by Serhii Plokhy
Basic Books, 2015
Serhii Plokhy’s 2014 book, The Last Empire, examines in fine detail the collapse of the Soviet Union. Plokhy, the Director of the Ukrainian Research Institute, and Professor of Ukrainian History at Harvard University is a Ukrainian American historian who has written extensively on the subjects of Ukrainian, Russian, and Soviet history. Plokhy places himself along with others in his field who, “…argue that while the lost arms race, economic decline, democratic resurgence, and bankruptcy of communist ideals all contributed to the Soviet implosion, they did not predetermine the disintegration of the Soviet Union. That was caused by the imperial foundations, multiethnic composition, and pseudo federal structure of the Soviet state, features whose importance was fully recognized neither by American policymakers in Washington nor by Gorbachev’s advisers in Moscow.”
The Last Empire focuses on the last months of the Soviet Union, late July to December 1991. The Soviet Union, or the USSR (Union of Soviet Socialist Republics), was a country in Eastern Europe which was made up of fifteen republics. Formed in 1922 in the wake of the Russian Bolshevik revolution, the city of Moscow served as the USSR’s capital until the Soviet Union was dissolved in December of 1991.
In The Last Empire, Plokhy dives straight into the subject in an authoritative manner, challenging a common western ideology of “the triumphalist interpretation of the Soviet collapse as an American victory in the Cold War.” Instead, Plokhy argues that the fall of the Soviet Empire was destined from the beginning, and indeed toppled from the inside. Using recently declassified documents, Plokhy relies heavily on letters, diaries, and phone records to fully immerse his reader into the drama of the subject.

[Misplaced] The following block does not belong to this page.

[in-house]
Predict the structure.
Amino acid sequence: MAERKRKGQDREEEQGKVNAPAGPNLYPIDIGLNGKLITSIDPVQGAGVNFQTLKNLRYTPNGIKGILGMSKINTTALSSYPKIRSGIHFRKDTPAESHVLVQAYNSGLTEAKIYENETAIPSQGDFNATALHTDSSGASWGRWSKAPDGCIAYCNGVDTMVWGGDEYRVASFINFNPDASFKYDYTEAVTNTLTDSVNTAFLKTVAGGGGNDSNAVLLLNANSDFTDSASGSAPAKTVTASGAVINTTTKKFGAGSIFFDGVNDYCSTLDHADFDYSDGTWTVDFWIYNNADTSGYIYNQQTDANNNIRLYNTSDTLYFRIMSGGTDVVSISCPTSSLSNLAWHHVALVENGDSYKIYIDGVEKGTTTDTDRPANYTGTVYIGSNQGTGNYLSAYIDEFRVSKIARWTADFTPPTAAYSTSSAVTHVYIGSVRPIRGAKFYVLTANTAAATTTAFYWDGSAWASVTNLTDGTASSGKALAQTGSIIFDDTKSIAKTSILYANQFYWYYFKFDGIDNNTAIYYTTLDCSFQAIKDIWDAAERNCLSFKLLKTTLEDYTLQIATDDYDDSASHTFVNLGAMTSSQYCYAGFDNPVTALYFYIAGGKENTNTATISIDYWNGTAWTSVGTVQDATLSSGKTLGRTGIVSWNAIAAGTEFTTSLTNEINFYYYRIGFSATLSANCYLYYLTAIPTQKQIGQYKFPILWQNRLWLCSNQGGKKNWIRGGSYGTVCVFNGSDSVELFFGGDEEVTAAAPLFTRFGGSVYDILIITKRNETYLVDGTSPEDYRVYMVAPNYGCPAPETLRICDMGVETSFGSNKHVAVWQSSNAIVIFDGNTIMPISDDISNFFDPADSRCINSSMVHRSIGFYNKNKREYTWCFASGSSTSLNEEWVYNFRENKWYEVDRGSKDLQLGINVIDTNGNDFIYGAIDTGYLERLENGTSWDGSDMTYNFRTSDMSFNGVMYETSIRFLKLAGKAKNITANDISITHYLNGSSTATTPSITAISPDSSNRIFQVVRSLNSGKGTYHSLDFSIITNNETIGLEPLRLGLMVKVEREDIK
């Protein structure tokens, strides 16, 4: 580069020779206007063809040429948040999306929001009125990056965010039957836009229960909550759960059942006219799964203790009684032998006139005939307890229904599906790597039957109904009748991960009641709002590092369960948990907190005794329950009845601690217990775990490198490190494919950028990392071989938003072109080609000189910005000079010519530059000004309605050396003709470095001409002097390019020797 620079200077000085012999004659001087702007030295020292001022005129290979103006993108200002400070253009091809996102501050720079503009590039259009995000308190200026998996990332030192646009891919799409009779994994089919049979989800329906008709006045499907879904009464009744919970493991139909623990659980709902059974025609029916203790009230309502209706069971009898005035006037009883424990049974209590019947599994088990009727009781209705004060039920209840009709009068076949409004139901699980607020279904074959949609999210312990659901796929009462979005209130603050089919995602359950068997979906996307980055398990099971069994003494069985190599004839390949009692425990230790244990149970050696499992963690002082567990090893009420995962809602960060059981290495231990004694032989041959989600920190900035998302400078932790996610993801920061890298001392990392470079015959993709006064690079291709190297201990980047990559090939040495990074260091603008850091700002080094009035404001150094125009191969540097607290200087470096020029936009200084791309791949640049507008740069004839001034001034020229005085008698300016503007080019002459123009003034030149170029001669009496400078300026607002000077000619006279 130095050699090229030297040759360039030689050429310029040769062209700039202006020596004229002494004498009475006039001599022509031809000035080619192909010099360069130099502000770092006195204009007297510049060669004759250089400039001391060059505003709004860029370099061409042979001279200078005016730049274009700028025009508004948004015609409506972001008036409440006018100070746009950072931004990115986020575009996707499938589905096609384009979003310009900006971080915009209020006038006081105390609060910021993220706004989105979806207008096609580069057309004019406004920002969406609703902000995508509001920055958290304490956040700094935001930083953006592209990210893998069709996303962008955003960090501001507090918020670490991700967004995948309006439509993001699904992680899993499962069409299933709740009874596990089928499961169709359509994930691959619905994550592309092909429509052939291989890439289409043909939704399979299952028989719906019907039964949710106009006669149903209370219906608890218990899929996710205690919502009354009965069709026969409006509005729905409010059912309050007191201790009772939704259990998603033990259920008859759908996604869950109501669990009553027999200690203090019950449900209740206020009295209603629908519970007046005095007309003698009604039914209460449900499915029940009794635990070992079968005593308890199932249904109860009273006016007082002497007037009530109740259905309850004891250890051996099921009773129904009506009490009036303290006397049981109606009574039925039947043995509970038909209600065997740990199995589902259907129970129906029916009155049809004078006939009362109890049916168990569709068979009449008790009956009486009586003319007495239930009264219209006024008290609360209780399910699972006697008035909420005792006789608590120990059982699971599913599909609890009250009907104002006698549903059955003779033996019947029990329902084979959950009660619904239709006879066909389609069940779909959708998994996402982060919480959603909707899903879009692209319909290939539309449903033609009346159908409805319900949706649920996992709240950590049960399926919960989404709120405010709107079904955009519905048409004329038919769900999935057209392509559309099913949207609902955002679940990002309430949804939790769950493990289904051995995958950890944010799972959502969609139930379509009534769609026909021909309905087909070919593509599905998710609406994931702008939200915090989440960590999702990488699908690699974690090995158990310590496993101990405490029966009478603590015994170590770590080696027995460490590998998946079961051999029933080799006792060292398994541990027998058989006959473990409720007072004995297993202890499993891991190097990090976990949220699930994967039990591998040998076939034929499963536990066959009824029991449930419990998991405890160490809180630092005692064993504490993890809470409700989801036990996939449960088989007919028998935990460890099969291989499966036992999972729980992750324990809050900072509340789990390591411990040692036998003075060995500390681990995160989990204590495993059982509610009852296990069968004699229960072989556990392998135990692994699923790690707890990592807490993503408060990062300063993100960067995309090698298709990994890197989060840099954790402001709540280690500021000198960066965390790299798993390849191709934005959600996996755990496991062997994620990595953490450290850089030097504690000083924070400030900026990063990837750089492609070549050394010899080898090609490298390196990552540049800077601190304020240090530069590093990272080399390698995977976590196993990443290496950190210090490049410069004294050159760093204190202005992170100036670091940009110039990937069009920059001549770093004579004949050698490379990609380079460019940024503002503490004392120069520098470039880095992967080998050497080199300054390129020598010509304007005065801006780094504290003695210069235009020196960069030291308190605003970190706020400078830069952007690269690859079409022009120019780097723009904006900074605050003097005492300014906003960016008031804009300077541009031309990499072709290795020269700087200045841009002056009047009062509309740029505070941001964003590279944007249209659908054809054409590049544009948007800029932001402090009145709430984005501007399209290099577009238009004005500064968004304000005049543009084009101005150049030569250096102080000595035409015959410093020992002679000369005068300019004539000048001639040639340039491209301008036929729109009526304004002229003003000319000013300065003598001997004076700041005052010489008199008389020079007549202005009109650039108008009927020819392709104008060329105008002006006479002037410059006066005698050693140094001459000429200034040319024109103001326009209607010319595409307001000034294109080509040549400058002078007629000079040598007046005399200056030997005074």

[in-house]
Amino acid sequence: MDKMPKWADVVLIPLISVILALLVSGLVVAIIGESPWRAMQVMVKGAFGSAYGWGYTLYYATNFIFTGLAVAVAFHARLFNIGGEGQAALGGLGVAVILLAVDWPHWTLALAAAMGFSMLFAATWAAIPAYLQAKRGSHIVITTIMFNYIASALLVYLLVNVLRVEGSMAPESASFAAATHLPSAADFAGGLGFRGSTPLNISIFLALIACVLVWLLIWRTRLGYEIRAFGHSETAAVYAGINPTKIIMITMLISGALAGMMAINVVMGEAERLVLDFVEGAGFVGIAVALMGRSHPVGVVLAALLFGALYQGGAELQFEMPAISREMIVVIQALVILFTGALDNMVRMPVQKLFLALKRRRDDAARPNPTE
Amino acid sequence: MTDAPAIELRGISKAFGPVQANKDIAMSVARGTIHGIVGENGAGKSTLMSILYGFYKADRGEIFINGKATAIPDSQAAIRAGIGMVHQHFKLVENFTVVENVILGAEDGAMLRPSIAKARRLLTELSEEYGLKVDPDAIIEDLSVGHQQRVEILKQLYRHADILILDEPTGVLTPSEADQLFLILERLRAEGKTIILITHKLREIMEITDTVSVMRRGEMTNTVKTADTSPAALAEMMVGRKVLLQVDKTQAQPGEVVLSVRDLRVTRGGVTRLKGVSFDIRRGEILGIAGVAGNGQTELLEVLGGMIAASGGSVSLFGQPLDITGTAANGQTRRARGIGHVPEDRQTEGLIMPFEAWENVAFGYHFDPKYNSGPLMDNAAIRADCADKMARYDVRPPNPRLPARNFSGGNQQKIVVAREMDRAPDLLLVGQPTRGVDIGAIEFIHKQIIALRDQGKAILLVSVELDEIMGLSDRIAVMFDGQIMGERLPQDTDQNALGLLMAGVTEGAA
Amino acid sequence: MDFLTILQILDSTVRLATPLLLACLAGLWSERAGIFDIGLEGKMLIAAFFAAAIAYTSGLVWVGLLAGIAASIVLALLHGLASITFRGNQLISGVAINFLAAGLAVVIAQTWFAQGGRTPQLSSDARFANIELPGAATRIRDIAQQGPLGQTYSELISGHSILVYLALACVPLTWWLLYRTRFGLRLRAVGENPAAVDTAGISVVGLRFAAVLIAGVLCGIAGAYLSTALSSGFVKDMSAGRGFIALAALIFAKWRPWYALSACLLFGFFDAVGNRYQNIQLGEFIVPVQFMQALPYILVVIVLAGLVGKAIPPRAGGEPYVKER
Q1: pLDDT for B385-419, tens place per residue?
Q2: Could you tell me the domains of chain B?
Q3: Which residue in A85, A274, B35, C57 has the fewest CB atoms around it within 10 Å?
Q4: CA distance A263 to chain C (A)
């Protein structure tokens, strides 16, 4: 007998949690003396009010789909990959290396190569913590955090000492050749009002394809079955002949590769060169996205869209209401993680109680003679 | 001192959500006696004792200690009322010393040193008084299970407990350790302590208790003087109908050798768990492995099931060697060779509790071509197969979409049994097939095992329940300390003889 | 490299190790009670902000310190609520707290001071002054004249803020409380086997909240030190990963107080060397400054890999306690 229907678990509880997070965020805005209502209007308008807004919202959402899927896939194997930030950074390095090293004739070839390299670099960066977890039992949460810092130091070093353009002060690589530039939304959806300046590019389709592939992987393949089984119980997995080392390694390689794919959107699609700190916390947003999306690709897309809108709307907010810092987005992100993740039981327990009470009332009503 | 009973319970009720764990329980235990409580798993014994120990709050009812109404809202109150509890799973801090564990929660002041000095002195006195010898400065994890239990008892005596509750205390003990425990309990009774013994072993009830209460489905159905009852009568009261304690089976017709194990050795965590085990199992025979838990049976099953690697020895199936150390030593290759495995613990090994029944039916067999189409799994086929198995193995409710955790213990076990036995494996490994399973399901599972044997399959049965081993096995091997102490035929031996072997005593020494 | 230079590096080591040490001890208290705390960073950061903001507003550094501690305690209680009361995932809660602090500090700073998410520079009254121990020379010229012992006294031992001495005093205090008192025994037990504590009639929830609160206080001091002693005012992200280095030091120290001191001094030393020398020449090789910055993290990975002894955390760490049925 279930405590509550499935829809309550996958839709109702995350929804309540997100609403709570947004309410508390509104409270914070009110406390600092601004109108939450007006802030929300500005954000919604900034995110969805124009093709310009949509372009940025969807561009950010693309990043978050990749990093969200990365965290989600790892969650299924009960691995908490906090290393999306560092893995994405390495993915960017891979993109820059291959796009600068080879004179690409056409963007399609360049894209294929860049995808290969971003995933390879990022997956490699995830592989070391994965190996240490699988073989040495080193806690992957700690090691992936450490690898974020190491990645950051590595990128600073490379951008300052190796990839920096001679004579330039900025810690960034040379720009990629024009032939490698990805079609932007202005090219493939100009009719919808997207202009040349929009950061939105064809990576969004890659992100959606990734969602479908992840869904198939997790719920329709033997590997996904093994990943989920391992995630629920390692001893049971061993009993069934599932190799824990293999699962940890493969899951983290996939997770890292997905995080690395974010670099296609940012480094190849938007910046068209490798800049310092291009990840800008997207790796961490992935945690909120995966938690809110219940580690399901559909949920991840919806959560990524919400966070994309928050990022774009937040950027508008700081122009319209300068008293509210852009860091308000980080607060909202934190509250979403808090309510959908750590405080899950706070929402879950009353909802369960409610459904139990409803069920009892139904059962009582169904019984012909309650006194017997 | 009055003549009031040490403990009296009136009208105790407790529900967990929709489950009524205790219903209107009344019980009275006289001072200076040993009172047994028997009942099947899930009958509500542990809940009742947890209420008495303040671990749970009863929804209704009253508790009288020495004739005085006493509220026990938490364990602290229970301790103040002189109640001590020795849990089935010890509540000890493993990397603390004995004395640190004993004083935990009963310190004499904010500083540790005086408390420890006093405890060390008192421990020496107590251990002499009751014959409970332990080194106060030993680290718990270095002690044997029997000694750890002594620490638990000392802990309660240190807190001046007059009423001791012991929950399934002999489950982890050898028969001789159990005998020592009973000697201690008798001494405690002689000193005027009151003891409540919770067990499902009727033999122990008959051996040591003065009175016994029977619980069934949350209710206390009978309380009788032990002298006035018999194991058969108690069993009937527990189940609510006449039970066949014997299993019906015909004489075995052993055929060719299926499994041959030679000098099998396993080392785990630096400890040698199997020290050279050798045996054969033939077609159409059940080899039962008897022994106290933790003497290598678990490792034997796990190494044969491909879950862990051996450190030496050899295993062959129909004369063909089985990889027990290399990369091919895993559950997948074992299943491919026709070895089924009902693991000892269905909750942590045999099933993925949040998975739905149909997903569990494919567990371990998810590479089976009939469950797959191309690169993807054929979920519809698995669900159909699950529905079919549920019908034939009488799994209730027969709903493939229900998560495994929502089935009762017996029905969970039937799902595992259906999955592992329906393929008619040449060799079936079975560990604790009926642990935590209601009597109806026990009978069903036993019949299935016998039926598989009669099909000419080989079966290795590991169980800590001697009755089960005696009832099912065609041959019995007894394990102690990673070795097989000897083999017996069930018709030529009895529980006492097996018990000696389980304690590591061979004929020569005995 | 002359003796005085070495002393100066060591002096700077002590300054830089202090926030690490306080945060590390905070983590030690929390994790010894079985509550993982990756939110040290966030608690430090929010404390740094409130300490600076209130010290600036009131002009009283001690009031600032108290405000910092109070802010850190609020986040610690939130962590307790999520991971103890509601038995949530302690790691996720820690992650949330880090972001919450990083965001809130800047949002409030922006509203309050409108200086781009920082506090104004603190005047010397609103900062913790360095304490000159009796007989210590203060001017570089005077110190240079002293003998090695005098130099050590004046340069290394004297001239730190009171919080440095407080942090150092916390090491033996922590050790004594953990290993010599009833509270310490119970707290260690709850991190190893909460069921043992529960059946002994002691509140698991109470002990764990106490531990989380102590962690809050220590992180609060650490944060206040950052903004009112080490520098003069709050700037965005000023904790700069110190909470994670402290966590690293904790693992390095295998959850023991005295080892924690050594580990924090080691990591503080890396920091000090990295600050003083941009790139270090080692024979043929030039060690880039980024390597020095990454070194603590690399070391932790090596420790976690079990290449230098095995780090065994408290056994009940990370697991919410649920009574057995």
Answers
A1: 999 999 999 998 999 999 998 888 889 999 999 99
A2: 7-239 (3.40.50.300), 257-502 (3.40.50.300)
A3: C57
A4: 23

We follow Mikhail Gorbachev, the President of the Soviet Union, as he struggles to keep the USSR from crumbling through his fingers. We are witness to two United States Presidents, Ronald Reagan, and George H. W. Bush, as they both work through their own negotiations and policy deals with Gorbachev and the Soviet Union. Many other prominent names grace the pages of the drama as well. The President of Russia, Boris Yeltsin, the sworn enemy of Gorbachev, and the first democratically elected President of Russia, features as a key player as the drama unfolds. We are also given front-row seats to Ukraine’s long-lasting struggle down the path to Soviet, and Russian, independence. Leonid Kravchuk, the first president of Ukraine, plays a large part in the narrative of The Last Empire as he, and many other native Ukrainians, fought with the Soviet Union and tried to win the favor of the West.
The relationship between President Gorbachev and President Bush is given much attention, illuminating how both were forced between personal ideologies and their countries, and how far they were willing to go for what they believed in. The Yeltsin-Gorbachev conflict also provides another layer of drama to the story, as do their interactions with other Soviet and Western leaders.
The Last Empire as a whole is a comprehensive and well-presented book. Plokhy chose to include much of the true dialogue that was passed between members of the key figures of the story, giving the reader an even more detailed and intimate look into the interpersonal and political lives of the most powerful leaders of the late twentieth century. The Last Empire is at once both detailed, and accessible, making it a must-read for anyone looking to deepen their knowledge or simply learn about the subject for the first time.